College Admissions: The Complete Guide to Social Media

As you prep for college, admissions officers are watching. According to a 2018 Kaplan Test Prep survey, 25% of college admissions officers browse social media profiles to learn more about admissions candidates*. That means it’s fairly likely that decision-makers at colleges and scholarship-granting organizations are taking a peek at your profiles.
Some students take control by shutting down Facebook, Twitter—everything—entirely. Some try hiding their online identities. You can, however, continue to be yourself on social media with just a few extra filters.

The Role of Social Media in College Admissions

According to the 364 colleges across the United States we recently spoke with, 25 percent tell us that they have visited an applicant’s social media page, such as Facebook, Instagram or Twitter to learn more about them*. While that percentage is down from 2015’s record high of 40 percent and 2016’s 35 percent, it’s still a lot higher than what it was when we first asked this question in 2008—when social media was in its early stages and Facebook was pretty much the only game in town. Consider that Twitter didn’t launch until 2006; and Instagram wasn’t around until 2010. Oh, and hashtags weren’t a thing until 2007.
Here’s where the data gets even more interesting: Of the 35 percent in 2016, nearly half said that what they found has had a positive impact on prospective students—up from 37% last year. On the flip side, 42% say that what they found had a negative impact, up from 37% last year. Kaplan’s survey also found that of the admissions officers who use social media to help them make decisions in 2016, 25% did so “often”—more than double the 11% who said they did it “often” in 2015’s survey.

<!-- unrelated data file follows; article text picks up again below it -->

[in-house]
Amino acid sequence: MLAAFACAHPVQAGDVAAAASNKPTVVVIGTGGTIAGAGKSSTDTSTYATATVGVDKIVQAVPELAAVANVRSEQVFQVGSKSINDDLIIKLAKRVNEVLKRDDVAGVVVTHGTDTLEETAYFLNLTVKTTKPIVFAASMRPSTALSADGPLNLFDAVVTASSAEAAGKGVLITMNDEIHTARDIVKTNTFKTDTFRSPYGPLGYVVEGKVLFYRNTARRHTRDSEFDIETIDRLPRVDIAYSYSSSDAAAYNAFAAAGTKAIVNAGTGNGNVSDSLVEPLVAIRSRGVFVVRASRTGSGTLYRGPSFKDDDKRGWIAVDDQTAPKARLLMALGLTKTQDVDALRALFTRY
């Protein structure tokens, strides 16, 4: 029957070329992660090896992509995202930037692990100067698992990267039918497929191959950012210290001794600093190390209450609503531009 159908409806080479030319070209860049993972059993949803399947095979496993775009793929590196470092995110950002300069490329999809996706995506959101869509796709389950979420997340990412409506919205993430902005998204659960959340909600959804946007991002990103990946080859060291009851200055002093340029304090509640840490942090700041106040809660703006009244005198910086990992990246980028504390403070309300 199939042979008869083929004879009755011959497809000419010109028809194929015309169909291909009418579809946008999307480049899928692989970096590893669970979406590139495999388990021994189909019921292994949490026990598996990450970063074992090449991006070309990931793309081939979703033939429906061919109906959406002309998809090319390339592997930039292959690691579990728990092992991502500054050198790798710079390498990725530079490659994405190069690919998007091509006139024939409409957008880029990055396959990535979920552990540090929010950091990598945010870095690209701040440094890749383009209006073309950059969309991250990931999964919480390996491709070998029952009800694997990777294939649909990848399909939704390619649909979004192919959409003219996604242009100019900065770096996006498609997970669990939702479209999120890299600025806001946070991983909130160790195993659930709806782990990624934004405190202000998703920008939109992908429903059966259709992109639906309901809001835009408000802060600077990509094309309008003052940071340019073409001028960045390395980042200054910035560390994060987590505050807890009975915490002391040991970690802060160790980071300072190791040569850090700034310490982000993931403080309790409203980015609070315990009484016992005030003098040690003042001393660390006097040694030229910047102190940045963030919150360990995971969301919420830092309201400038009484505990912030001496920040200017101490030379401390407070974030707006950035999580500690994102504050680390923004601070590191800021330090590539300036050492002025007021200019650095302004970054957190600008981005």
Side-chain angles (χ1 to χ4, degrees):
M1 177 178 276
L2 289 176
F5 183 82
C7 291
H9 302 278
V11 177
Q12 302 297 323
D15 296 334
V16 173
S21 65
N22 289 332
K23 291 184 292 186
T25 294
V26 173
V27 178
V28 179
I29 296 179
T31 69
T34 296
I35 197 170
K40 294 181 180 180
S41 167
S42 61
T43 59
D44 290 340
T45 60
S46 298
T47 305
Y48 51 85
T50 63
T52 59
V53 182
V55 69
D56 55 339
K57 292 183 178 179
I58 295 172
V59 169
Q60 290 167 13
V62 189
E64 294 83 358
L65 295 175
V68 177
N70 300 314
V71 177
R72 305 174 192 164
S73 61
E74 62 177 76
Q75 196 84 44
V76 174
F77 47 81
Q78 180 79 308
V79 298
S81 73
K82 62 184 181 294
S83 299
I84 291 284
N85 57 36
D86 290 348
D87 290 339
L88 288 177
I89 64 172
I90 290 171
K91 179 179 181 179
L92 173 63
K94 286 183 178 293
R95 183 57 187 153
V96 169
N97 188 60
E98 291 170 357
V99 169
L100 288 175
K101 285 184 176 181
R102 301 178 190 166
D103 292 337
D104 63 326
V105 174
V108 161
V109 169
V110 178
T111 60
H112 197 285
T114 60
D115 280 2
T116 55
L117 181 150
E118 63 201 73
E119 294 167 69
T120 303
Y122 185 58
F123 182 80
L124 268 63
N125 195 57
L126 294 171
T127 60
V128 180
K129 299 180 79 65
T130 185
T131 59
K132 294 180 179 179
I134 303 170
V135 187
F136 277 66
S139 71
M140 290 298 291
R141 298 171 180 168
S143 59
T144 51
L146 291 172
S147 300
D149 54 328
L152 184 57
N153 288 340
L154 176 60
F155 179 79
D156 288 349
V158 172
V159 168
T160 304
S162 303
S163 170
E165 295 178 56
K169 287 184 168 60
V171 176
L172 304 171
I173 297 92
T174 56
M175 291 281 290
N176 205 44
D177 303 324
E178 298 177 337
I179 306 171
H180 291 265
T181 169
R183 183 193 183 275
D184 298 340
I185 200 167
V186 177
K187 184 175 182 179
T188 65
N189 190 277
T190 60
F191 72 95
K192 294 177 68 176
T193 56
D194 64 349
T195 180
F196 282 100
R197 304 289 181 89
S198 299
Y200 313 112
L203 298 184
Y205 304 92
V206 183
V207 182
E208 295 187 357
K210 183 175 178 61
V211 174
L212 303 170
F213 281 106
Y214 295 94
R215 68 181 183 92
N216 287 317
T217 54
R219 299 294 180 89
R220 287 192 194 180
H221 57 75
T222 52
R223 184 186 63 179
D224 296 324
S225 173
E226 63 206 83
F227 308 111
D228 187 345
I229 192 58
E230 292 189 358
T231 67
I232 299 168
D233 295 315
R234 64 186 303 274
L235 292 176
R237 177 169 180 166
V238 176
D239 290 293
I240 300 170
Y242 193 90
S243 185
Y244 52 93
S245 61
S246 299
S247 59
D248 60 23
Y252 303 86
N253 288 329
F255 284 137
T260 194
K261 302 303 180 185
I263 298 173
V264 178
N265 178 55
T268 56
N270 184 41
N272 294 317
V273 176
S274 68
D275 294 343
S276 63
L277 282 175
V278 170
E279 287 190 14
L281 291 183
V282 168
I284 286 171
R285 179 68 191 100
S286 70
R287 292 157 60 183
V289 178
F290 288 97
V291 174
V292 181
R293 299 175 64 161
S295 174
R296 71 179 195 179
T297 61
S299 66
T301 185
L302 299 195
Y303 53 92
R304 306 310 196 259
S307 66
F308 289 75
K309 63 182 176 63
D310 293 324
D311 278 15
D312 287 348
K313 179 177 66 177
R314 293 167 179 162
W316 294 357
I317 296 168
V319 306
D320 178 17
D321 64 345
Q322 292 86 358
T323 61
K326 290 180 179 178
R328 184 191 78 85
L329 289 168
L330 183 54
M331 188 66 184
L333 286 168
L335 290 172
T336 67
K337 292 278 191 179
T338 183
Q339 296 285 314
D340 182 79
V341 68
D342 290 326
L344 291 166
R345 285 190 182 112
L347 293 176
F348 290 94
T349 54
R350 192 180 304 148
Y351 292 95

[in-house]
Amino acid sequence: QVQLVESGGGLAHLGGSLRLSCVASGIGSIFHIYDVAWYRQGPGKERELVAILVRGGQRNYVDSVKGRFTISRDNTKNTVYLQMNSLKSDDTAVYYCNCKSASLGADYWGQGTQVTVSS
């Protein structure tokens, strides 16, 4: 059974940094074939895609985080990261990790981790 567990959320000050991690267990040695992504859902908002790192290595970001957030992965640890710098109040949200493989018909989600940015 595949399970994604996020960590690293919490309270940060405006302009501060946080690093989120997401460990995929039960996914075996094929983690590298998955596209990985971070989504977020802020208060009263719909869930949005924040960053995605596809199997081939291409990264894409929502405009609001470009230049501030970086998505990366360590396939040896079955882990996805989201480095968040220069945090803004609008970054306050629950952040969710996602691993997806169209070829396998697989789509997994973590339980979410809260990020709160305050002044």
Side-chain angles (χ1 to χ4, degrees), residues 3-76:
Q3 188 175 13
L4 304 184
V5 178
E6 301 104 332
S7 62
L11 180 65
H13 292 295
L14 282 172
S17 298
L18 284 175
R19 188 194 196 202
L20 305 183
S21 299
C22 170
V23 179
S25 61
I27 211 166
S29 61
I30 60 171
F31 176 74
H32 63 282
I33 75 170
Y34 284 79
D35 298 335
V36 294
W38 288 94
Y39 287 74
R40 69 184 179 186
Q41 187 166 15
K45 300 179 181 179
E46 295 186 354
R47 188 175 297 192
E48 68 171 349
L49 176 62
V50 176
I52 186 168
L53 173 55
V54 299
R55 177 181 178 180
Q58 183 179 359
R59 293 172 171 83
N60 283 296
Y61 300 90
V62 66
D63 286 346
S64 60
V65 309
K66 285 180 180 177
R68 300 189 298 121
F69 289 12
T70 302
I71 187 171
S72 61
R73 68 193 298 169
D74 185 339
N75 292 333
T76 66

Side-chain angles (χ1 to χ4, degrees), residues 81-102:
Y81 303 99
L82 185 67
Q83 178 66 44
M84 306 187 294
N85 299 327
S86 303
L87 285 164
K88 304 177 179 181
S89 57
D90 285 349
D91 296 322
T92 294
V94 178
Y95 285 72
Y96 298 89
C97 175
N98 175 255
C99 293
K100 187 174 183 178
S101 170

But in 2018’s survey, 52 percent of the admissions officers who visited applicants’ social media profiles said that students have been moving away from social media platforms where posts and profiles are easily accessible by people they don’t know. For example, about 85 percent of teens say they use both Instagram and Snapchat — two platforms which make it easy to share posts with people you want and hard to find for people you don’t — at least once per month. Meanwhile, just 36 percent of teens say they use Facebook once a month, which is down from 60 percent in 2016. 

Positive Social Media

  • “One student described on Twitter that she facilitated an LGBTQ panel for her school, which wasn’t in her application. This made us more interested in her overall and encouraged us to imagine how she would help out the community.”
  • “There’s such a negative stereotype of social media that people often forget about the positive effects of it. One student had won an award and had a picture with their principal on their personal page, and it was nice to see.”
  • “One young lady started a company with her mom, so it was cool to visit
    their website,” added another admissions officer.

Negative Social Media